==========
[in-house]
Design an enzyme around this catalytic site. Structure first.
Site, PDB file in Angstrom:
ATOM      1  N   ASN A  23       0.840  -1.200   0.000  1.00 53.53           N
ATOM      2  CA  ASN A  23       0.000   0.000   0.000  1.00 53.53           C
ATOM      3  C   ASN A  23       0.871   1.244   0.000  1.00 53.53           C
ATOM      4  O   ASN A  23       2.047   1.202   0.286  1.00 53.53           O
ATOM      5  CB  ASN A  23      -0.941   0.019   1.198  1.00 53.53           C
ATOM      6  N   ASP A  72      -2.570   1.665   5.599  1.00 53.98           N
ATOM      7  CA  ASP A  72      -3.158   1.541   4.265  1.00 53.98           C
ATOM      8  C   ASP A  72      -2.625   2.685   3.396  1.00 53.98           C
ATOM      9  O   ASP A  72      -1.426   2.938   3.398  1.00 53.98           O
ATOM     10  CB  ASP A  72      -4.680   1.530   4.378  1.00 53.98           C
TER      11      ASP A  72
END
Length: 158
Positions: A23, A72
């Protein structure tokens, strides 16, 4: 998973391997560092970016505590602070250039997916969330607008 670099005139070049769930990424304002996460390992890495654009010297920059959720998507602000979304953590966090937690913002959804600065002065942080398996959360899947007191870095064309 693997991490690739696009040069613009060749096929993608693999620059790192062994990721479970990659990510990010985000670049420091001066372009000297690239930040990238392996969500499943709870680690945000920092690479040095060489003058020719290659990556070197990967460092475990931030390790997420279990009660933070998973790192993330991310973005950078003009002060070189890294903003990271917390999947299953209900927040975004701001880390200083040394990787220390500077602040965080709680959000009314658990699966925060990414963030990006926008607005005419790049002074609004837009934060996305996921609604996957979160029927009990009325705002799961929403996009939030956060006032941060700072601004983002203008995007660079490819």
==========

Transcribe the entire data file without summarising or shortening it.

[in-house]
Design an enzyme around this catalytic site. Structure first.
Site, PDB file in Angstrom:
ATOM      1  N   ASN A  23       0.840  -1.200   0.000  1.00 53.53           N
ATOM      2  CA  ASN A  23       0.000   0.000   0.000  1.00 53.53           C
ATOM      3  C   ASN A  23       0.871   1.244   0.000  1.00 53.53           C
ATOM      4  O   ASN A  23       2.047   1.202   0.286  1.00 53.53           O
ATOM      5  CB  ASN A  23      -0.941   0.019   1.198  1.00 53.53           C
ATOM      6  N   ASP A  72      -2.570   1.665   5.599  1.00 53.98           N
ATOM      7  CA  ASP A  72      -3.158   1.541   4.265  1.00 53.98           C
ATOM      8  C   ASP A  72      -2.625   2.685   3.396  1.00 53.98           C
ATOM      9  O   ASP A  72      -1.426   2.938   3.398  1.00 53.98           O
ATOM     10  CB  ASP A  72      -4.680   1.530   4.378  1.00 53.98           C
TER      11      ASP A  72
END
Length: 158
Positions: A23, A72
């Protein structure tokens, strides 16, 4: 998973391997560092970016505590602070250039997916969330607008 670099005139070049769930990424304002996460390992890495654009010297920059959720998507602000979304953590966090937690913002959804600065002065942080398996959360899947007191870095064309 693997991490690739696009040069613009060749096929993608693999620059790192062994990721479970990659990510990010985000670049420091001066372009000297690239930040990238392996969500499943709870680690945000920092690479040095060489003058020719290659990556070197990967460092475990931030390790997420279990009660933070998973790192993330991310973005950078003009002060070189890294903003990271917390999947299953209900927040975004701001880390200083040394990787220390500077602040965080709680959000009314658990699966925060990414963030990006926008607005005419790049002074609004837009934060996305996921609604996957979160029927009990009325705002799961929403996009939030956060006032941060700072601004983002203008995007660079490819």